The scope for the new journal will be “The IEEE TRANSACTIONS ON GAMES publishes original high-quality articles covering scientific, technical, and engineering aspects of games.”
Journal Citation Metrics Journal Citation Metrics such as Impact Factor, Eigenfactor Score™ and Article Influence Score™ are available where applicable. Each year, Journal Citation Reports© (JCR) from Thomson Reuters examines the influence and impact of scholarly research journals. JCR reveals the relationship between citing and cited journals, offering a systematic, objective means to evaluate the world's leading journals. Find out more about IEEE Journal Bibliometrics.
Special Issue on User Evaluation for VR Games
This special issue focuses on exploring novel and state-of-the-art user evaluation methods for VR games. Deadline for abstract submission is 30th July 2022. See the Call for papers.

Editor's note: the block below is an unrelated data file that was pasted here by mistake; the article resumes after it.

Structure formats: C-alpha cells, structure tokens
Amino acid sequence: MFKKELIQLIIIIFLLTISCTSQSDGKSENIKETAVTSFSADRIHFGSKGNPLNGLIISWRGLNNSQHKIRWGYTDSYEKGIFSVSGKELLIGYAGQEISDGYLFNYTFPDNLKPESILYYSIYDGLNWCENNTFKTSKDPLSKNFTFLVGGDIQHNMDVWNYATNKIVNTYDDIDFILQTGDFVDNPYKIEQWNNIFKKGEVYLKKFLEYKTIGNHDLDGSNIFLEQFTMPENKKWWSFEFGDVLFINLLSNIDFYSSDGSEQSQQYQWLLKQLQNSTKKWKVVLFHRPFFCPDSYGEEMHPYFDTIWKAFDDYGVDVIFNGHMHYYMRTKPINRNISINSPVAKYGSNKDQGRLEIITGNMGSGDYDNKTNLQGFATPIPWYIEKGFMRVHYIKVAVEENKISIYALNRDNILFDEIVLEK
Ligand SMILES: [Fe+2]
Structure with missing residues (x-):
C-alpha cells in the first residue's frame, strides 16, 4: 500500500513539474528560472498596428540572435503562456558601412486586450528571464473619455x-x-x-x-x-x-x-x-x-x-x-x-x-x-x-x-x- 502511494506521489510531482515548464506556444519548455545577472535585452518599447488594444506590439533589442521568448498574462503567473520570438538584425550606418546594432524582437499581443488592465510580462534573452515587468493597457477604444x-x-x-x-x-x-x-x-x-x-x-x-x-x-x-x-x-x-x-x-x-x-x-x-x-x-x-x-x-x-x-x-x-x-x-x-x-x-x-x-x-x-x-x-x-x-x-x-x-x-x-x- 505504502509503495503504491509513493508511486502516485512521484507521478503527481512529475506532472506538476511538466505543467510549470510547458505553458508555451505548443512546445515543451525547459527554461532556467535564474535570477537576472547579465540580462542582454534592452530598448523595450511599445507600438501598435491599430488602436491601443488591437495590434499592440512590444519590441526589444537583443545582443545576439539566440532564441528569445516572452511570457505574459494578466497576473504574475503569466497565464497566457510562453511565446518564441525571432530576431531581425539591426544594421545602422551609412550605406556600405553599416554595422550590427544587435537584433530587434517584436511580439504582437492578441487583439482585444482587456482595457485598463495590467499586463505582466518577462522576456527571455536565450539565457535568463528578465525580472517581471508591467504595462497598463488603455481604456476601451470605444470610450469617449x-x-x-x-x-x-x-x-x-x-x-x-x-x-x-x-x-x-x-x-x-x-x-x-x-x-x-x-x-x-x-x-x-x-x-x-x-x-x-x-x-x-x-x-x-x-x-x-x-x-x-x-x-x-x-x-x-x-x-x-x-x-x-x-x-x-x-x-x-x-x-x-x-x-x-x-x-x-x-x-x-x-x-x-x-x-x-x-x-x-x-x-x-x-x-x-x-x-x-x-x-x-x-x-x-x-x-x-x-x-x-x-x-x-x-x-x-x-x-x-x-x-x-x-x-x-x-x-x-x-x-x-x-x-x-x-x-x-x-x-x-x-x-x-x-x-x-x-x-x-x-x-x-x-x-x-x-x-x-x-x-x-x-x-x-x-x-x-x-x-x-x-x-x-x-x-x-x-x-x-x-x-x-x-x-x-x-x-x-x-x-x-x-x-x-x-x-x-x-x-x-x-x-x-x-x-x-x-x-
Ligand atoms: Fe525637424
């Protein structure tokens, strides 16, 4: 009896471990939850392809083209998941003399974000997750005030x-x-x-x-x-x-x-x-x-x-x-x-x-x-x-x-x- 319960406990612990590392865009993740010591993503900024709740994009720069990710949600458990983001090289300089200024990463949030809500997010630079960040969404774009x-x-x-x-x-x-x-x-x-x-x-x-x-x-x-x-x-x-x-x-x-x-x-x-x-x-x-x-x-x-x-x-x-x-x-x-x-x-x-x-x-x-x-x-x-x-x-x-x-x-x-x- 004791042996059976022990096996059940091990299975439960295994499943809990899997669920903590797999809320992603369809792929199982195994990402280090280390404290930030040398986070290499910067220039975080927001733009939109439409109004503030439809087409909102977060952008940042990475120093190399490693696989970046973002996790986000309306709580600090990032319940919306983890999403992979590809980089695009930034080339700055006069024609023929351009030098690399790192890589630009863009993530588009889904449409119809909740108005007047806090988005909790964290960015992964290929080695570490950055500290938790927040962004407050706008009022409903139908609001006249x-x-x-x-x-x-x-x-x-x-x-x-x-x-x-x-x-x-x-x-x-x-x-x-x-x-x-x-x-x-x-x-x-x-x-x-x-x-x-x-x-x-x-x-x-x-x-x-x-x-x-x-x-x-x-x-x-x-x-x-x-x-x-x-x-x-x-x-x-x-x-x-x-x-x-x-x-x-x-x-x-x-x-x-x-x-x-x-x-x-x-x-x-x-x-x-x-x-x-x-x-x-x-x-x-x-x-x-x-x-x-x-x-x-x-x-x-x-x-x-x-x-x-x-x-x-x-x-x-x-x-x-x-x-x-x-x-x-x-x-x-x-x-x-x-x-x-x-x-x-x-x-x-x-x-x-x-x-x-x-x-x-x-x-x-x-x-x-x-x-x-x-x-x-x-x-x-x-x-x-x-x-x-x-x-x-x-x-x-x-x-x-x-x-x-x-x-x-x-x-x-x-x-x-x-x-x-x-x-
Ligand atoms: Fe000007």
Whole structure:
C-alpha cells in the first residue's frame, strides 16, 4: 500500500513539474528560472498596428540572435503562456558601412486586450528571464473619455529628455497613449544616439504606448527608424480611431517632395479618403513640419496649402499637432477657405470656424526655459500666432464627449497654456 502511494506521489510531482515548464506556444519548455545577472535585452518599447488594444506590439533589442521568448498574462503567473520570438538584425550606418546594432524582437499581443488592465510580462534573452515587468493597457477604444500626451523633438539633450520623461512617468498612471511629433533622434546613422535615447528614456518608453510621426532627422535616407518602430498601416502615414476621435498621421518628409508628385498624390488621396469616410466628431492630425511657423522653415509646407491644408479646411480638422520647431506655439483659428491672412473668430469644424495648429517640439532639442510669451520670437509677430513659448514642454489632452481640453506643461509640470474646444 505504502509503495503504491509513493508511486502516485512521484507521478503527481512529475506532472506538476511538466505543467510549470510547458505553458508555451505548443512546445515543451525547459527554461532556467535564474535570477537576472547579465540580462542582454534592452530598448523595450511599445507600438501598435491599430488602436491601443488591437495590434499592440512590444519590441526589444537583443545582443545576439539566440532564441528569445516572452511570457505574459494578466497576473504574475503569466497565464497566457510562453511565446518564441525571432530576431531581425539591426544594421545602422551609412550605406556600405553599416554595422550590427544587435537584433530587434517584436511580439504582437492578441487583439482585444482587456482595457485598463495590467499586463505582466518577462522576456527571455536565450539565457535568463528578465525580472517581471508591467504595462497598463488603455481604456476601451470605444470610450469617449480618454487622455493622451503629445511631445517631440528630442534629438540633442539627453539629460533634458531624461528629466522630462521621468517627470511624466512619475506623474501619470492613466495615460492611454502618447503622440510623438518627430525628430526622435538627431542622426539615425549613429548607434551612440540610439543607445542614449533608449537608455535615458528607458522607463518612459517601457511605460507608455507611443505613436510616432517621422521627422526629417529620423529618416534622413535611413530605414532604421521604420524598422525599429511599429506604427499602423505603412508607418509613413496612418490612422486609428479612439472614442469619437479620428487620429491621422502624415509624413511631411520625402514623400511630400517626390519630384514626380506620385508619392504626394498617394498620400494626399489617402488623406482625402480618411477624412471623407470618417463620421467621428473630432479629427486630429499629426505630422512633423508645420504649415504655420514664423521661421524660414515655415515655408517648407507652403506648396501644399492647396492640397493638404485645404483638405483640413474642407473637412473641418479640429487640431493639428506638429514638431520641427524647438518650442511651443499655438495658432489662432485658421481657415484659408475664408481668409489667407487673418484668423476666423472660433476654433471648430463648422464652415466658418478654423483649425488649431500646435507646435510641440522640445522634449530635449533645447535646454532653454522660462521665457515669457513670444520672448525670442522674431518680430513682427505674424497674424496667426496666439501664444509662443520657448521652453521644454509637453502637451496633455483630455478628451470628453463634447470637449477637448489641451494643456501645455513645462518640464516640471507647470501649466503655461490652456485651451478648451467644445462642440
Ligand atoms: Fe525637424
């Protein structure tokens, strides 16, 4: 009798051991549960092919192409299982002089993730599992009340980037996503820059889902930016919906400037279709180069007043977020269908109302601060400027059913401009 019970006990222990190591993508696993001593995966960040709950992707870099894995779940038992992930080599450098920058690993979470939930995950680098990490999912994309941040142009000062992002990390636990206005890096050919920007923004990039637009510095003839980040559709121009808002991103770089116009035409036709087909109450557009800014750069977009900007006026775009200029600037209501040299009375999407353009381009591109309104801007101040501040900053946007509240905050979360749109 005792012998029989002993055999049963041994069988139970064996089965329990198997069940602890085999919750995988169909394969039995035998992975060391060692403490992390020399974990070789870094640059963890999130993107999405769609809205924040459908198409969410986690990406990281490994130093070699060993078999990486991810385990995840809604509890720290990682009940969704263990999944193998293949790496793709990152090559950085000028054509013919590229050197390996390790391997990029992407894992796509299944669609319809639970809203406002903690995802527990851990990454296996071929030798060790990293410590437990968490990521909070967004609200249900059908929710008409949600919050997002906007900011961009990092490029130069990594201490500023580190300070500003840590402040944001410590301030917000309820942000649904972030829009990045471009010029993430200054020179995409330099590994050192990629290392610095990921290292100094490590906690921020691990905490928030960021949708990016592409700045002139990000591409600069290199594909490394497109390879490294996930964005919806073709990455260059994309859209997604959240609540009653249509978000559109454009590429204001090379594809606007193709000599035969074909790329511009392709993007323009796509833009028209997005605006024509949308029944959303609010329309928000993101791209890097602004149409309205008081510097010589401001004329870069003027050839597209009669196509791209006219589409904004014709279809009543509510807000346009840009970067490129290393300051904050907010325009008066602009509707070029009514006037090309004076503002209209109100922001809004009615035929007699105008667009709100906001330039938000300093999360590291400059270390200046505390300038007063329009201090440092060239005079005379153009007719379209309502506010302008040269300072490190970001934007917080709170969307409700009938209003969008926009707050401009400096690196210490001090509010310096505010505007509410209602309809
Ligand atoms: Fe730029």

April 2022 Spotlight Paper
Selected article from IEEE Transactions on Games
Training a Gaming Agent on Brainwaves by B. Francisco, M. Juan, N. Natalia, V. José, R. Rodrigo and S. J. Miguel, in vol. 14, no. 1, pp. 85-92, March 2022.
Error-related potentials (ErrPs) are a particular type of event-related potential elicited by a person attending a recognizable error. These electroencephalographic signals can be used to train a gaming agent by a reinforcement learning algorithm to learn an optimal policy. The experimental process consists of an observational human critic (OHC) observing a simple game scenario while their brain signals are captured. The game consists of a grid, where a blue spot has to reach a desired target in the fewest amount of steps. Results show that there is an effective transfer of information and that the agent successfully learns to solve the game efficiently, from the initial 97 steps on average required to reach the target to the optimal number of eight steps. Our results are expressed in threefold: the mechanics of a simple grid-based game that can elicit the ErrP signal component; the verification that the reward function only penalizes wrong steps, which means that type II error (not properly identifying a wrong movement) does not affect significantly the agent learning process; collaborative rewards from multiple OHCs can be used to train the algorithm effectively and can compensate low classification accuracies and a limited scope of transfer learning schemes.